Focus: quinoa

South America populains, and in particular those of the Andean regions, had selected, before the Spanish conquest, a considerable number of plants for food purposes. In fact, in their vast empire, the Incas had developed an extremely diversified agriculture, suitable for the remarkable variety of ecosystems (from the arid coastal plain to the plateaus, to the rainforest); a profitable agriculture capable of satisfying the food needs of a population of around 12 million. Some of the cultivated plants, especially corn, potatoes and tomatoes, were imported by the Spanish conquerors and found fast and widespread, so as to vary the eating habits and agricultural in Europe and later in the rest of the world, others, disdained by “conquistadors” went irretrievably lost when their agriculture fell into disuse, while others continued to be cultivated and sold in the markets of small villages on the Andean highlands.

Quinoa (Chenopodium quinoa) has been used by Andean populations for food purposes since prehistoric times. In the diet of the ancient peoples of America quinoa represented the almost exclusive alternative to animal proteins, in fact the consumption of meat, milk and eggs was not common among the Campesine populations and in many areas quinoa was the main protein component of the diet. During the colonization the use of quinoa was almost exclusive of the native societies, being considered the grain as a food of the native Indians what related to a low social position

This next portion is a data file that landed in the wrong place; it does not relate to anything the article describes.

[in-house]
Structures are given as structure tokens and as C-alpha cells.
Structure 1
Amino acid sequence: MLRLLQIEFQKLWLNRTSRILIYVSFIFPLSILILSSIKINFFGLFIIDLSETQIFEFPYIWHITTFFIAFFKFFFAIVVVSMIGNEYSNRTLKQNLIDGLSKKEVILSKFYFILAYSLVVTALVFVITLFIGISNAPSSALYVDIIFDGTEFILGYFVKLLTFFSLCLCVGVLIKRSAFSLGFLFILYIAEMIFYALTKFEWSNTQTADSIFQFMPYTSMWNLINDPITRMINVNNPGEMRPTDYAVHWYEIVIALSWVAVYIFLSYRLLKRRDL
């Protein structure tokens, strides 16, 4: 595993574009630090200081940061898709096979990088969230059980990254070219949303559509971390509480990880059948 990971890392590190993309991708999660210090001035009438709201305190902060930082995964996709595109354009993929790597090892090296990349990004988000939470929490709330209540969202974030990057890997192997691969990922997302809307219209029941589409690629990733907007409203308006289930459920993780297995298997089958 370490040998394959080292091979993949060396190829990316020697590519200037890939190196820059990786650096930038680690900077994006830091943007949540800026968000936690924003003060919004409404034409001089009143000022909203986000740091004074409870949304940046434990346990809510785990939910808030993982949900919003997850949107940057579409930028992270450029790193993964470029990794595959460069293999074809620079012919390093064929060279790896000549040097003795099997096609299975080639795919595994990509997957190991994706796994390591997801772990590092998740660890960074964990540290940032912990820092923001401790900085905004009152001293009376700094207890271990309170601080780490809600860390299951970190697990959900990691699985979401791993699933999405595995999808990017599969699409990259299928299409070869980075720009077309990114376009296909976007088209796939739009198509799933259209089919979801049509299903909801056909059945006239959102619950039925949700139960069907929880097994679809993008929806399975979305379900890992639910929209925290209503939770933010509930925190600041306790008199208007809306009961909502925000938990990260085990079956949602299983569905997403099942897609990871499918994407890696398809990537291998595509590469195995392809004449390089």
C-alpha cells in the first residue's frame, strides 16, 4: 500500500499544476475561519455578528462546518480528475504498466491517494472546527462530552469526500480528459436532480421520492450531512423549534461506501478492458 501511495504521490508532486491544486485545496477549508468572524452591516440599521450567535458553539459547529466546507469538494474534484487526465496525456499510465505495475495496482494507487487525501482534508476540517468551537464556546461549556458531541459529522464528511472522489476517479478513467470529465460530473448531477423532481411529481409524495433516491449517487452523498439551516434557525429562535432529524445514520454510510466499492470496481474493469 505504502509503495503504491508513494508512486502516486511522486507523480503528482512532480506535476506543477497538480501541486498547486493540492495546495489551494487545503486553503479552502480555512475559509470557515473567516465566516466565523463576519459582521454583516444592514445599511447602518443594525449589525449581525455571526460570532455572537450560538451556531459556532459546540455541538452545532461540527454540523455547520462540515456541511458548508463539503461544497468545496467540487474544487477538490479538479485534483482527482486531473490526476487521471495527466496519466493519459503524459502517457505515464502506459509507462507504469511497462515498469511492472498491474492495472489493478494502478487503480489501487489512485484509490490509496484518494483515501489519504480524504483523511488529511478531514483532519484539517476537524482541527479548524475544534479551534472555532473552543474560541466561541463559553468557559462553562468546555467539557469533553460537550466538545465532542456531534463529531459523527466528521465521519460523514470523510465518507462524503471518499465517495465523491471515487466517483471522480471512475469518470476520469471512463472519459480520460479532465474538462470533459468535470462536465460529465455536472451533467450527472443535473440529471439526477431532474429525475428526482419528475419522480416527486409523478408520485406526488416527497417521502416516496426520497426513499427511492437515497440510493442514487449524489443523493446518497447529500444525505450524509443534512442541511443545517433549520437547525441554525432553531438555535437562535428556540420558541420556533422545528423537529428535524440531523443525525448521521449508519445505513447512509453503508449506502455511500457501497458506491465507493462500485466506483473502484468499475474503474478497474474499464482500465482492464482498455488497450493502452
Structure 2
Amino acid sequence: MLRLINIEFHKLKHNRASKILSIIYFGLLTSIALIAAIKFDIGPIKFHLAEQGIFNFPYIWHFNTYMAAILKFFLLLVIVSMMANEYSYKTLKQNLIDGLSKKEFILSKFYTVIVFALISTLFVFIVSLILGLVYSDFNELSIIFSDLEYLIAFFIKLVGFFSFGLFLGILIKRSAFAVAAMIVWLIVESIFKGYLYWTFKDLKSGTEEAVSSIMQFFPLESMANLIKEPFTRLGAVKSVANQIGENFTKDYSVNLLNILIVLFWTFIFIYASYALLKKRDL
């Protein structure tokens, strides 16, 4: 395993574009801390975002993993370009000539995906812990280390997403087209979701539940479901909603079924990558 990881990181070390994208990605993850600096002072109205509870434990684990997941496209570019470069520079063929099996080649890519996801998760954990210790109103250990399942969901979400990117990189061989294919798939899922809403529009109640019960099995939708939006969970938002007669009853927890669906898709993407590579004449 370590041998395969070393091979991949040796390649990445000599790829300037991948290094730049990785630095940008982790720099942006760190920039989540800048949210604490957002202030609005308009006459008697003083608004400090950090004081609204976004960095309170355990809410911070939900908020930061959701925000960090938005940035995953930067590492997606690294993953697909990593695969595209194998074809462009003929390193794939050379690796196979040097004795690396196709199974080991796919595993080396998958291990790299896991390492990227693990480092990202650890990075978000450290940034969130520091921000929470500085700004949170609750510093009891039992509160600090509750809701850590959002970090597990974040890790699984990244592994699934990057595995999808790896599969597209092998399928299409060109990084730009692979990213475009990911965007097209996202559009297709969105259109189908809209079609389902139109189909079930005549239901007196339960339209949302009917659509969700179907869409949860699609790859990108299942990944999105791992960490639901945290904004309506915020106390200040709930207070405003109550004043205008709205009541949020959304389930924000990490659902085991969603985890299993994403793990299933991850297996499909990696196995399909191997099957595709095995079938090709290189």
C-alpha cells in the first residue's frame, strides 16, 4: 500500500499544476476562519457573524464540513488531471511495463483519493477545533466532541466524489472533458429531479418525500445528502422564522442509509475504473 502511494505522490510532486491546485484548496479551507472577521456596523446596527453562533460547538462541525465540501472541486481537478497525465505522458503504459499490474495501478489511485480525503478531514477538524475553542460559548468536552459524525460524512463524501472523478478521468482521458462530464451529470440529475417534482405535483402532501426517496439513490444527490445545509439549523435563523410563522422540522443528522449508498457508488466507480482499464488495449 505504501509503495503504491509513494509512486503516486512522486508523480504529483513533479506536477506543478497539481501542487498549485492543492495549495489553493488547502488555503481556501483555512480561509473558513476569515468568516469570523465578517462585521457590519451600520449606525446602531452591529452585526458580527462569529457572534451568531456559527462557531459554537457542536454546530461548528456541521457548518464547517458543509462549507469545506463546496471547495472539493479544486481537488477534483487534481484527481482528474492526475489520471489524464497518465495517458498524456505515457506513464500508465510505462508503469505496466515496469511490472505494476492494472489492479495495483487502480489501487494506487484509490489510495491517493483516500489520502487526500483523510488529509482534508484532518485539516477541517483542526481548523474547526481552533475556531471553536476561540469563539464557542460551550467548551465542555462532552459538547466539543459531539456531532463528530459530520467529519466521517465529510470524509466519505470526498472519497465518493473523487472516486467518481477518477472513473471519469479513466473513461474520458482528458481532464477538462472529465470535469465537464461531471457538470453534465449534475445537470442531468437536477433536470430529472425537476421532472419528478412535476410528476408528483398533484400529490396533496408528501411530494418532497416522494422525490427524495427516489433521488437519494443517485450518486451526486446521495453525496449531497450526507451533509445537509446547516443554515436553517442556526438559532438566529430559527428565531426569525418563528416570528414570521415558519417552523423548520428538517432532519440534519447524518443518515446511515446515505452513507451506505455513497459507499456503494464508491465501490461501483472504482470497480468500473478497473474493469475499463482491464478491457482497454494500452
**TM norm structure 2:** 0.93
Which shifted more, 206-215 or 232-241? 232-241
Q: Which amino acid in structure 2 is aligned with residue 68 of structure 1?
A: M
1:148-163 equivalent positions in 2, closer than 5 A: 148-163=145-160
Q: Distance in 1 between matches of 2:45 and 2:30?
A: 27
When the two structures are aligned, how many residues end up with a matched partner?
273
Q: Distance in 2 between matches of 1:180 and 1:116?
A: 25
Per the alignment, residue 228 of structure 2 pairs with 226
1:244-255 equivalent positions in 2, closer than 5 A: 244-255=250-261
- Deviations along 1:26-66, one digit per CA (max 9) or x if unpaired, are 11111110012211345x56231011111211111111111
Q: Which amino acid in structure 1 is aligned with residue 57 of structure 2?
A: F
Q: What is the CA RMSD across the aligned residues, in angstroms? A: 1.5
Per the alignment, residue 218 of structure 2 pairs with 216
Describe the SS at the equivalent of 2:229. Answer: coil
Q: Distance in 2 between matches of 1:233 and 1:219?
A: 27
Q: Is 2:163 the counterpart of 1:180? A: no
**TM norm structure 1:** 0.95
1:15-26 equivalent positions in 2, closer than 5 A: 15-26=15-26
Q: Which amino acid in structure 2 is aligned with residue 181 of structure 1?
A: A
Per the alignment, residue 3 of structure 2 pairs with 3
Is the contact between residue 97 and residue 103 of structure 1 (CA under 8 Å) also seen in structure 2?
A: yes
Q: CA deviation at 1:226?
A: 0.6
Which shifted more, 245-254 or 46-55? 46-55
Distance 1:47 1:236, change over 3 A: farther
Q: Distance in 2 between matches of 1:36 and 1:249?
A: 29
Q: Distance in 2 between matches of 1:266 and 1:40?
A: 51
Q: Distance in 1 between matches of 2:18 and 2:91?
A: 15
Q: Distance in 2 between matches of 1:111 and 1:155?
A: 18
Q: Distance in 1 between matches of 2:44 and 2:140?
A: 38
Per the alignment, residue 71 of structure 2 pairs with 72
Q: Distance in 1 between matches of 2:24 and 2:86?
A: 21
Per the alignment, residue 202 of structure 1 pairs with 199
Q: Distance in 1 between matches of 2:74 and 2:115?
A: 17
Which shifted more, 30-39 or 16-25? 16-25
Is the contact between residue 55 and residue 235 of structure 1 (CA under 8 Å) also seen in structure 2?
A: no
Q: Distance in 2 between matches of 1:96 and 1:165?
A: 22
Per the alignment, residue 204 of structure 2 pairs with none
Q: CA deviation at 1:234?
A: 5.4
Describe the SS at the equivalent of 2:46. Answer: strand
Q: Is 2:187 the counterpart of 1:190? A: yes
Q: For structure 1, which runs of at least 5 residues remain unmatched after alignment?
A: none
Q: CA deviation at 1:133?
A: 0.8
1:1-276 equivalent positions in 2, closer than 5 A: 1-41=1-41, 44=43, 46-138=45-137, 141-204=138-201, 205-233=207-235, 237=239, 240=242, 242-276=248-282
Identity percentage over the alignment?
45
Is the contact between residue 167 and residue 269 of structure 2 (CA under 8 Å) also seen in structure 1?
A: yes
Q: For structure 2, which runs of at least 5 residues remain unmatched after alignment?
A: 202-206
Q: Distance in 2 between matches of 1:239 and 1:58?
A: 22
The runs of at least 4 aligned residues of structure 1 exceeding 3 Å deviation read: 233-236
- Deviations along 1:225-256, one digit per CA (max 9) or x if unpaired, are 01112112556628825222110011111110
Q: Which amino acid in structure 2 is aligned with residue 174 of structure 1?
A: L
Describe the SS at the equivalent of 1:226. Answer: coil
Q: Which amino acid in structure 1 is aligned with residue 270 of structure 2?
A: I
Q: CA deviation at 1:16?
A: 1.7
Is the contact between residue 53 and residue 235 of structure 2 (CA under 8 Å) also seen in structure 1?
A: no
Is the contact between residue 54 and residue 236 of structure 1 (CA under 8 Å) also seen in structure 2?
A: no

Botanical description: Annual herbaceous plant of 0.5-2 m height, with an upright posture. The seeds adhering to the pericarp of the fruit are lenticular, with a diameter of about 1.5 mm.

Vulgar names: Canigua, Jupha, Kiuna, Quinoa (Bolivia); Cenizo, Quinoa, Subo (Colombia); Quinhua, Quinoa (Chile), Quinoa (Ecuador); Cañhiua, Quinua, Quinoa (Peru).

Geographical distribution: It is a pre-Columbian plant whose cultivation is carried out in drastic climatic conditions at altitudes above 3000 m, it meets in the high regions of Bolivia, Chile, Ecuador and Peru and in the south of Colombia. It is native to the western slopes of the Andes.

Ecology: Quinoa is a plant highly resistant to variable climatic and altitude conditions, it grows both at sea level, in the regions of the Chilean coast, and at heights of 4000 m in the Bolivian Andean regions, it tolerates abrupt changes in temperature from -1 ° C at 35 ° C and is resistant to cold and freezing, it prefers soils with an acidity between pH 6 and 8.5.

Food Uses: The edible part is represented by the seeds used for the preparation of small loaves called “quispiña”, soups and fermented beverages. The by-products of the quinoa, stems, leaves and ears are used in the feeding of livestock producing a feed with high nutritional value, excellent digestibility and easy storage.

Medicinal Uses: Preparation from the seeds of a viscous paste used in cataplasm for dislocations and bone dislocation, decoctions of the fresh leaves used as anti-inflammatory.